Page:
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we really need is more information. we need to know what went into the thinking behind this. and it does seem he just responded to an incoming phone call which doesn't seem like a strategy. and there was a reason, jeffrey you were saying so what. well there is a reason united states sided with china. it is one of the biggest markets in the entire world. -- >> -- change -- >> but with china and taiwan it is an either/or. you either are doing business with taiwan or you are doing business with china. china is not going to say you continue to have a relationship like 24. this is not the way they are going to work and they will very likely retaliate. >> diplomacy does have some -- but any normal diplomat running for office in the united states senate b understands the rules and you can't just come in like a bull in a china shop and upset these things it. does tame tyke and takes thought and process talking to people. and this is the problem we have to face with donald trump.
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he's unprepared. he does not understand the world and we have a man walking to the oval office that will tweet and will pick up phone calls and not go through those kind of processes that can result in a shift but should do so in a very thoughtful way. >> john, we've done it your way and the government is in a mess. that is all i can say. the very first thing that ronald reagan did. and actually there was some accident to it. for decades the soeviet ambassador had been the only one of 150 ambassadors to get a private entrance into the state department to go directly in private elevator to the state's office. when ronald reagan became president he drove into that garage and was turned away. the message sent things are changing. whether this is internal or not. things are changing. message delivered. >> i think it is right as a president to set the policy for the united states. it is just the united states isn't his toy.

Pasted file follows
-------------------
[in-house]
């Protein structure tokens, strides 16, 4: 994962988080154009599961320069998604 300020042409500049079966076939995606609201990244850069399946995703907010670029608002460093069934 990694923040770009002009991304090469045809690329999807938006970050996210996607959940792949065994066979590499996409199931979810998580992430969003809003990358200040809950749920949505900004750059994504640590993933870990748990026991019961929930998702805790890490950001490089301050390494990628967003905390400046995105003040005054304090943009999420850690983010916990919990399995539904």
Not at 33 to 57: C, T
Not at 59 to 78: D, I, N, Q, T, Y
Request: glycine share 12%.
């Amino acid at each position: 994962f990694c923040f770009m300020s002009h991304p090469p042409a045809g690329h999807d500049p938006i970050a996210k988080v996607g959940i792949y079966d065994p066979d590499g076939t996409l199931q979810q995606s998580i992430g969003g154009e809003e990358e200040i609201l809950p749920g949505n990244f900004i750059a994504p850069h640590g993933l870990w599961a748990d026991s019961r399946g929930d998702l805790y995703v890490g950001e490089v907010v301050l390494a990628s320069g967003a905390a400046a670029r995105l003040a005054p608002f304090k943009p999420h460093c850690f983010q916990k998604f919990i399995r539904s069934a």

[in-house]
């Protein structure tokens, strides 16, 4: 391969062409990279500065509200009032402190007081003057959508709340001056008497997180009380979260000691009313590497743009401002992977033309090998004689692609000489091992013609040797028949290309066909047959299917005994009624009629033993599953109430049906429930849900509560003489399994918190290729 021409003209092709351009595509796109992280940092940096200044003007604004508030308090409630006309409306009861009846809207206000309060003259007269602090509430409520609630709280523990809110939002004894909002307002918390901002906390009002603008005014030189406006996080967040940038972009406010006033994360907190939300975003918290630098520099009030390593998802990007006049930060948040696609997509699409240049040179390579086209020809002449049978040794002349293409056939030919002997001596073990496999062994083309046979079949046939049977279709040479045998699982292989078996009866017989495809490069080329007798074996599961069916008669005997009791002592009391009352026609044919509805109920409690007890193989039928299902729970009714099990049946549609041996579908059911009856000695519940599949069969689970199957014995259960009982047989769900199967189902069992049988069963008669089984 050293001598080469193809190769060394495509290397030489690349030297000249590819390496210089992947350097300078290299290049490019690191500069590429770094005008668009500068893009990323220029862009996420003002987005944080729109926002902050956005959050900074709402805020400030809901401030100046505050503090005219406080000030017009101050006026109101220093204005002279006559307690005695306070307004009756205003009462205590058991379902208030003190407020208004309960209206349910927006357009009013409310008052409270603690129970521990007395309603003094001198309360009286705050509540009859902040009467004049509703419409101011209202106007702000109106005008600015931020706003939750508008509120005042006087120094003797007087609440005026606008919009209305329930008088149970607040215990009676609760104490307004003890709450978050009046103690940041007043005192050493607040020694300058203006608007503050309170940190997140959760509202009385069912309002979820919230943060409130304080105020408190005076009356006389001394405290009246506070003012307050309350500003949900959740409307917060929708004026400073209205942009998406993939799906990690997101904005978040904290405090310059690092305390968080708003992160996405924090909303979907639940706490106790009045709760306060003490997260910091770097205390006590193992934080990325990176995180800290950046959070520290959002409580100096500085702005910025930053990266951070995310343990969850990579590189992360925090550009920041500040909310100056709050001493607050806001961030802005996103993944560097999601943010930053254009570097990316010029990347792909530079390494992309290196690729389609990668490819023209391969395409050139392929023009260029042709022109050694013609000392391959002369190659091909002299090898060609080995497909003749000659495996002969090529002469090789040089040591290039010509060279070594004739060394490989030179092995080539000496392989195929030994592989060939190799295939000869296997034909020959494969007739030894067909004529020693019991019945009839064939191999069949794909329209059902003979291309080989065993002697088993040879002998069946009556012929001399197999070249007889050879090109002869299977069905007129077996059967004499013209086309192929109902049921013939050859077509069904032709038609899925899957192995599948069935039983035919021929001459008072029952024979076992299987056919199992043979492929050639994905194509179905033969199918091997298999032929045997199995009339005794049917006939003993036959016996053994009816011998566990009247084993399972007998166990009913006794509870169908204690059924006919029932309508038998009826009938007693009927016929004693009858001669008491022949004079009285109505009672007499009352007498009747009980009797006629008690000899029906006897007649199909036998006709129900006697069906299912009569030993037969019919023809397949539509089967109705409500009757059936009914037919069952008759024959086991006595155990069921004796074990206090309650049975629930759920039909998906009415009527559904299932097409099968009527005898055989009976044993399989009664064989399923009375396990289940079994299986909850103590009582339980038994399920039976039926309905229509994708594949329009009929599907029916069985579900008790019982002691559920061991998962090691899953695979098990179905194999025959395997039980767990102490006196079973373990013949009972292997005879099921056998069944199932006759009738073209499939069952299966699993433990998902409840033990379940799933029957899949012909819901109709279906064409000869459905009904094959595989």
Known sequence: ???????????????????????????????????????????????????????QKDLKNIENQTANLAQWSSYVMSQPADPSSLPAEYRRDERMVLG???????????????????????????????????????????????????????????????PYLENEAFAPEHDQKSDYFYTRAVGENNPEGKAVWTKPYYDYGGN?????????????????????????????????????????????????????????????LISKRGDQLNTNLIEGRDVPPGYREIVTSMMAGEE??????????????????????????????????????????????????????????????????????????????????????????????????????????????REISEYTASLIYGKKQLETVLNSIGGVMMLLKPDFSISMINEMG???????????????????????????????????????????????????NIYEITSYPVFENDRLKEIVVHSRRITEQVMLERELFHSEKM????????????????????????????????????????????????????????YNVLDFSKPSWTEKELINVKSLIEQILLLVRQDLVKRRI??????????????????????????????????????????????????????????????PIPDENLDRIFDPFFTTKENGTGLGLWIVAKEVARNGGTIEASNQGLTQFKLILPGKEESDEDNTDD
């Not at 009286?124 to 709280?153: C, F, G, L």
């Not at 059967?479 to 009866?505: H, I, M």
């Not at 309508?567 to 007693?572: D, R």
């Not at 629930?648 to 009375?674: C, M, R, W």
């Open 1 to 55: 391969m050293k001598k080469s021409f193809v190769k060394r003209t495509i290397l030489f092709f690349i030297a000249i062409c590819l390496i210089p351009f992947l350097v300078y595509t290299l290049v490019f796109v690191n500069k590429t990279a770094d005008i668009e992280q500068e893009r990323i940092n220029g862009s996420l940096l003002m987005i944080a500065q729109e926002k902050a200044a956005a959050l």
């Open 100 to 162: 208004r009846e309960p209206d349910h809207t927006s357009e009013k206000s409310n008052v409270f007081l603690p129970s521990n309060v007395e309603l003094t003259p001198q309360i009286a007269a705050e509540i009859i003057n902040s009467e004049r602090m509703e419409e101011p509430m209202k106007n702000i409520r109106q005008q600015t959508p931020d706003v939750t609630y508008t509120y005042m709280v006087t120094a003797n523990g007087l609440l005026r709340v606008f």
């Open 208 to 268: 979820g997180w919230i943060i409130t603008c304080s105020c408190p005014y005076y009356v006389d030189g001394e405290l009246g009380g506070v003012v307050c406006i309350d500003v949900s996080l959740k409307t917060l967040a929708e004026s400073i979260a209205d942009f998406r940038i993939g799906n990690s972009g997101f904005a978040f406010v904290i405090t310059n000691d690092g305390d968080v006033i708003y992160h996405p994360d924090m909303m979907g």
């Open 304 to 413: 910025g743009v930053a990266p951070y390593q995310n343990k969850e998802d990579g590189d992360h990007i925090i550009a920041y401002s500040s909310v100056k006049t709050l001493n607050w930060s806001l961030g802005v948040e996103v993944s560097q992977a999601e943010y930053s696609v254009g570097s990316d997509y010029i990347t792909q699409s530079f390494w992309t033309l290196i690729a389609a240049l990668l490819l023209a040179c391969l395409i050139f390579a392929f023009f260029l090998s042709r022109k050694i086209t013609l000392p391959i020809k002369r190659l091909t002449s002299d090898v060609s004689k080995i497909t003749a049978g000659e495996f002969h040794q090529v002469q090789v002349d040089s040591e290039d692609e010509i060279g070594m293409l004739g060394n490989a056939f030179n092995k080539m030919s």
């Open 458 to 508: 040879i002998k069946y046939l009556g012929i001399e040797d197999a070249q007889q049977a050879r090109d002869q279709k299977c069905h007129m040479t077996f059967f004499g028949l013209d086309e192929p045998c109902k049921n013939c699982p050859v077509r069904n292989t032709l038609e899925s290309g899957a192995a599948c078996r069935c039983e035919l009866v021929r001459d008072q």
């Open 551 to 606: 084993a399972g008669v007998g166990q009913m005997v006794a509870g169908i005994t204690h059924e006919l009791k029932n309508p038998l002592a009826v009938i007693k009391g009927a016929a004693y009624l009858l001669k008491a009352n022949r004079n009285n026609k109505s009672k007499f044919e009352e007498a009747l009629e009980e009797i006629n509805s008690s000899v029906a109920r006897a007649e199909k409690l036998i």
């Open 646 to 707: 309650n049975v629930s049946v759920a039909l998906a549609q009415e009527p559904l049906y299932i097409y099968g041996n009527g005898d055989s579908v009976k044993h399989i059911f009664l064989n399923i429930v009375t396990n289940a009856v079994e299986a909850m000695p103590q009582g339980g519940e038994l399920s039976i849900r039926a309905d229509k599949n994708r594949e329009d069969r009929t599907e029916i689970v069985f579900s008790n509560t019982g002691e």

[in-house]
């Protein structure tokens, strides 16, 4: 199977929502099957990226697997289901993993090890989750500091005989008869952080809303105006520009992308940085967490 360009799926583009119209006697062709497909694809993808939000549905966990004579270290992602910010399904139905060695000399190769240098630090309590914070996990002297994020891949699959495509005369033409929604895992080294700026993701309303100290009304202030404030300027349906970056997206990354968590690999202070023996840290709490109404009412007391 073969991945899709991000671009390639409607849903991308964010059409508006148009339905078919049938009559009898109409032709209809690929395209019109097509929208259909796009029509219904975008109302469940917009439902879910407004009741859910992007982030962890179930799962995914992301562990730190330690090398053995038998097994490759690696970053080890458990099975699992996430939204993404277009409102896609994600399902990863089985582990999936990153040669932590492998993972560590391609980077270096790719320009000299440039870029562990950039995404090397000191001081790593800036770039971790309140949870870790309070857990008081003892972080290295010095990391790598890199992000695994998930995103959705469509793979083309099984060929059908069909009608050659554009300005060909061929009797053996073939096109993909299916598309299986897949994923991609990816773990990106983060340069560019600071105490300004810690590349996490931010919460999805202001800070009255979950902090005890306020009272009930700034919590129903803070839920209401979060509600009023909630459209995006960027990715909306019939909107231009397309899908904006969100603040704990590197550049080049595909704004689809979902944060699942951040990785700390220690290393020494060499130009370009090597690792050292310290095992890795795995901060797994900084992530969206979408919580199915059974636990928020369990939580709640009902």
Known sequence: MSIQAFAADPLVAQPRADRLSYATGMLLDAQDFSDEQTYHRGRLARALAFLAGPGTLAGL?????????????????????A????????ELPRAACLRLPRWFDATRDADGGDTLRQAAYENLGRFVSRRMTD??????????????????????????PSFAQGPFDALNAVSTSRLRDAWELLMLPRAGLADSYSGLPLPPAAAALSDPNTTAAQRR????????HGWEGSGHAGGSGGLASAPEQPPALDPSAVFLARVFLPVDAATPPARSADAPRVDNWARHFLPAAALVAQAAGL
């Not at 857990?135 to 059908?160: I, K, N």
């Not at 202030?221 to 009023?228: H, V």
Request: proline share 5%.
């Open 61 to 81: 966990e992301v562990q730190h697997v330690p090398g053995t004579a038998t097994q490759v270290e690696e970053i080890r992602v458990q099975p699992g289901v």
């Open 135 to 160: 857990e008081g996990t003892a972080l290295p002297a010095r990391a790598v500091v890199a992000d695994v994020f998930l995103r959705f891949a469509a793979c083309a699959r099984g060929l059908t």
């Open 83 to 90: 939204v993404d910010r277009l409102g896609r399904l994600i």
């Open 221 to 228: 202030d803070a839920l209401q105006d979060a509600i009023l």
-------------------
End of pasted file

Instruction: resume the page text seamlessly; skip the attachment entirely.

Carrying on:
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this is bipartisan policy through republican and democrats and i think he needs toe maybe spend some time and understand that. >> leave the conversation there. everybody have a great weekend. this week the ohio state campus was shaken by vials. the fbi said the 18-year-old would be terrorist or terrorists may have been radicalized by al qaeda or isis. up next, another couple young and in love and radicalized. ow a university of mississippi cheerleader and her boyfriend committed themselves to isis and ended up in a u.s. federal prison. when it comes to healthcare,
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the somali immigrant and osu student was shot. drew griffin has this exclusive report an a couple from mississippi state now separated by prison. >> muhamad is at the very start of an eight year prison sentence for trying to join and help
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isis, a radical extremist? hardly. he's as american as you and me and he got into this mess because he fell in love. >> reporter: how did this happen? >> where do you want know start exactly? >> his friends know him as mo, born and raised in mississippi. muslim and non muslim friends. hit and miss with the ladies. until at mississippi state university in his senior year he met and fell head over heels for a mississippi state cheerleader named jalen young. >> yes. she was beautiful and things like that. >> she's american too. and mississippi all the way. but within months mo says jay lynn was changing. converting to islam. changing her dress. then began introducing mo to the online brand of islam she had been learning about. >> this happened so fast. >> it did. maybe we were going a little too